How will we afford treatment if she gets sick again? How many people in our situation were not as fortunate as we were? How could I have been expected to choose between two presidential candidates when neither of them supported free health care for all? These questions brought me to a newfound disillusionment about voting that only Philly youth could curb.
Despite feeling some doubts about my personal participation in the 2020 election, I still signed up to work with the #VoteThatJawn (VTJ) campaign (the initiative to empower young voters and register as many first-time voters as possible) as a student during the fall semester. Why did I do this, you ask? Maybe I subconsciously wanted someone or something to remind me why I had ever put my faith in voting in the first place.
And not long after delving into the fall semester, VoteThatJawn began to chip away at my doubts.
One of my first assignments was to create “deep canvas posts” for young Philly voters and activists that detailed their motivations for voting or contributing to the election process. I had no idea what a deep canvas post was when my classmate Zoe, a freshman from Philly, suggested it could be a useful way for VoteThatJawn to recreate online the personal testimonies many in-person volunteers had given at VTJ events.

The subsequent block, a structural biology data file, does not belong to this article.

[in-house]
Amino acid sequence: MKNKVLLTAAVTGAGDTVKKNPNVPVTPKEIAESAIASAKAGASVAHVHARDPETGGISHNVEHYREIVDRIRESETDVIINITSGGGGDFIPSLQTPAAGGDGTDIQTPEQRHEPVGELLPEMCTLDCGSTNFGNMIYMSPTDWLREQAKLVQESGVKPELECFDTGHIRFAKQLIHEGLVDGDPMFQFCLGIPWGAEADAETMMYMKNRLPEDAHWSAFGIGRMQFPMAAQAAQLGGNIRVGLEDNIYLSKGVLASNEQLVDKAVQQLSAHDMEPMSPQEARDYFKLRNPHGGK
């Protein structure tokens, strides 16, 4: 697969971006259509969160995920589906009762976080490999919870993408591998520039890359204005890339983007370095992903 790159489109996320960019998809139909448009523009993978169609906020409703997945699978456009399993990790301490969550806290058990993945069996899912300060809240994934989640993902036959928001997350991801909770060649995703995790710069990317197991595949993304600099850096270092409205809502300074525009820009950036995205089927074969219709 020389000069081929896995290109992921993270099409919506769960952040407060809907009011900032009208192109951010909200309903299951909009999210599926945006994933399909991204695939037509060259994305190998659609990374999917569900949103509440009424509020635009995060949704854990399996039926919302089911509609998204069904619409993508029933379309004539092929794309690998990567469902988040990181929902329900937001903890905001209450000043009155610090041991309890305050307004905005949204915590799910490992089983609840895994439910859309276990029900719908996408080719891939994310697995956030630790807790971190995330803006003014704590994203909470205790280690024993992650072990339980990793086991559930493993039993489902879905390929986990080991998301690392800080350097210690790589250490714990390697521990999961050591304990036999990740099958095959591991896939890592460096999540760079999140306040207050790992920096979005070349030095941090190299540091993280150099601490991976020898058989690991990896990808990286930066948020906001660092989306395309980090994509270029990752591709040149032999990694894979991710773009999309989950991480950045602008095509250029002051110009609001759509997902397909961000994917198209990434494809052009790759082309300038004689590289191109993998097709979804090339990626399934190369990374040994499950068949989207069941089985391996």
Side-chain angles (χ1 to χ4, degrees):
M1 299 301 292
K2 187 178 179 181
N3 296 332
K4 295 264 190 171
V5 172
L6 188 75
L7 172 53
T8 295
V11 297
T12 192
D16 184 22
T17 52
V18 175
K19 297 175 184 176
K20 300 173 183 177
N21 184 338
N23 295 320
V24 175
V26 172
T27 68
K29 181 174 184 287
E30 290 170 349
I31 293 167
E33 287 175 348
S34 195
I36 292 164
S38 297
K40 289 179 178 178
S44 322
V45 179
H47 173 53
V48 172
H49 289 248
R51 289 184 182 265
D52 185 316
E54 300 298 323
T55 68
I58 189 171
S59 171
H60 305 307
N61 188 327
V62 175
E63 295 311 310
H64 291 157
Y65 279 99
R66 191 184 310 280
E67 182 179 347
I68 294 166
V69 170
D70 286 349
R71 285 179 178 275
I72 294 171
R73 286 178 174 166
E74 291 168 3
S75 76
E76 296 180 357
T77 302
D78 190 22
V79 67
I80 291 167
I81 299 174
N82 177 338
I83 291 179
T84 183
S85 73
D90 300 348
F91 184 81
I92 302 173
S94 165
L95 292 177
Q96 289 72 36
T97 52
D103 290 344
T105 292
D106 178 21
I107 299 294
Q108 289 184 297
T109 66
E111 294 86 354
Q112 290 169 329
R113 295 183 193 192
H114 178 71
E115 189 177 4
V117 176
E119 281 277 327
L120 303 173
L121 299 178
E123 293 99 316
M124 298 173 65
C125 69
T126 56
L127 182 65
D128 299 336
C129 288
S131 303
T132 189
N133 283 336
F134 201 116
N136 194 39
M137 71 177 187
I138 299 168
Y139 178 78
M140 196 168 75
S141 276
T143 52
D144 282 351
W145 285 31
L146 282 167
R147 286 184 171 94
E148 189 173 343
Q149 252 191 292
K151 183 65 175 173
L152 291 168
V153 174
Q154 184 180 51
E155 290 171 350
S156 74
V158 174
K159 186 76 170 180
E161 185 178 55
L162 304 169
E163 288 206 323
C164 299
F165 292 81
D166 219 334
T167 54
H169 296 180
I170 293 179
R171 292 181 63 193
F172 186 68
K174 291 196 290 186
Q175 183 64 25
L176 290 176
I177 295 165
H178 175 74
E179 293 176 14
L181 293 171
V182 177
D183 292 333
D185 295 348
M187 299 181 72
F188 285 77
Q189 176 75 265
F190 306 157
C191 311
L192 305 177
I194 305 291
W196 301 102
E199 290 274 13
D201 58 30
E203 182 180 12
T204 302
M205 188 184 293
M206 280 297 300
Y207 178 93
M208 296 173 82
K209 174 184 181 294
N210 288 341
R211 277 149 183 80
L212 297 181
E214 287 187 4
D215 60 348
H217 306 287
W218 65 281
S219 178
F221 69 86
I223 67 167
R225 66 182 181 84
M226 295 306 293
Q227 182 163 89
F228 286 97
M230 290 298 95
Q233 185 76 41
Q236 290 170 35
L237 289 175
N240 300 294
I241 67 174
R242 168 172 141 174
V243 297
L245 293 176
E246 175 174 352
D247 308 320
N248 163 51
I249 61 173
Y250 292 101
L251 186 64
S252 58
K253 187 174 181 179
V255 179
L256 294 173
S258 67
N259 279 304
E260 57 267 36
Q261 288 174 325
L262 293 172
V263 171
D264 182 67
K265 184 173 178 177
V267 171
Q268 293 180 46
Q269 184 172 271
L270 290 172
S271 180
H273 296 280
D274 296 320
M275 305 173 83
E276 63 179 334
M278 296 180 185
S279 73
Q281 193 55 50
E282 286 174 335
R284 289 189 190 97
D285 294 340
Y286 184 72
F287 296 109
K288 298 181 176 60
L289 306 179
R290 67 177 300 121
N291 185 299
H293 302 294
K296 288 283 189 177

Interviewing these young voters and volunteers and hearing their stories, I couldn’t help but be energized by their dedication to change, and their expectations for the future. One young voter even shared with me her hopes for progressive healthcare reform after she had had a bad experience similar to mine with our current system.
“Voting became essential for me when my Mom was diagnosed last year with Stage 4 cancer,” she said. “My family has never been able to afford health insurance, so we missed the early signs of her illness. We lived off and paid for her treatment through a GoFundMe. This is America—cancer patients should be able to receive the treatment they need, with little worry as to cost. The right to free or affordable health insurance motivates me to vote.”